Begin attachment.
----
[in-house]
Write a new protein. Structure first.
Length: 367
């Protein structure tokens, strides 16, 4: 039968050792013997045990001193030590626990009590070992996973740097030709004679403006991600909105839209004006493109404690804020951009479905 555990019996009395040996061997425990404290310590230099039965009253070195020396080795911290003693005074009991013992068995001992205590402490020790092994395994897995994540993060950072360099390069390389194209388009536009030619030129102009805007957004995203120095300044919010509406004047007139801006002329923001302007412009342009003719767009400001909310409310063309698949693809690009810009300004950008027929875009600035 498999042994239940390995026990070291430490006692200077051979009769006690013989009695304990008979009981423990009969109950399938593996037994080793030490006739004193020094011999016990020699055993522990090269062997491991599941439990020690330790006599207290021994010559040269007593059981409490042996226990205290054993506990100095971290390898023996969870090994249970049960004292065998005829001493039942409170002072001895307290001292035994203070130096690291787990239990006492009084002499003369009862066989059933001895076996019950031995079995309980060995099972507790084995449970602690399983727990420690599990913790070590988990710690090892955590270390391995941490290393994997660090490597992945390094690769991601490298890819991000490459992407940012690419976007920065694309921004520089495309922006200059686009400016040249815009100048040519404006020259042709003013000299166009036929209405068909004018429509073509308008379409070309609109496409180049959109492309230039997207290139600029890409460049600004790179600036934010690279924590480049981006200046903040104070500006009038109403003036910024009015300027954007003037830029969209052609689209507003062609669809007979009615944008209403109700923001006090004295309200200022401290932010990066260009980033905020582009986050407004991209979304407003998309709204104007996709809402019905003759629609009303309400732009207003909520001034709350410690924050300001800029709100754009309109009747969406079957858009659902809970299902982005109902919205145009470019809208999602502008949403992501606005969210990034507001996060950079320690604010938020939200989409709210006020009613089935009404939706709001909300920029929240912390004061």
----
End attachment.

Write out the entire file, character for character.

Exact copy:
[in-house]
Write a new protein. Structure first.
Length: 367
């Protein structure tokens, strides 16, 4: 039968050792013997045990001193030590626990009590070992996973740097030709004679403006991600909105839209004006493109404690804020951009479905 555990019996009395040996061997425990404290310590230099039965009253070195020396080795911290003693005074009991013992068995001992205590402490020790092994395994897995994540993060950072360099390069390389194209388009536009030619030129102009805007957004995203120095300044919010509406004047007139801006002329923001302007412009342009003719767009400001909310409310063309698949693809690009810009300004950008027929875009600035 498999042994239940390995026990070291430490006692200077051979009769006690013989009695304990008979009981423990009969109950399938593996037994080793030490006739004193020094011999016990020699055993522990090269062997491991599941439990020690330790006599207290021994010559040269007593059981409490042996226990205290054993506990100095971290390898023996969870090994249970049960004292065998005829001493039942409170002072001895307290001292035994203070130096690291787990239990006492009084002499003369009862066989059933001895076996019950031995079995309980060995099972507790084995449970602690399983727990420690599990913790070590988990710690090892955590270390391995941490290393994997660090490597992945390094690769991601490298890819991000490459992407940012690419976007920065694309921004520089495309922006200059686009400016040249815009100048040519404006020259042709003013000299166009036929209405068909004018429509073509308008379409070309609109496409180049959109492309230039997207290139600029890409460049600004790179600036934010690279924590480049981006200046903040104070500006009038109403003036910024009015300027954007003037830029969209052609689209507003062609669809007979009615944008209403109700923001006090004295309200200022401290932010990066260009980033905020582009986050407004991209979304407003998309709204104007996709809402019905003759629609009303309400732009207003909520001034709350410690924050300001800029709100754009309109009747969406079957858009659902809970299902982005109902919205145009470019809208999602502008949403992501606005969210990034507001996060950079320690604010938020939200989409709210006020009613089935009404939706709001909300920029929240912390004061």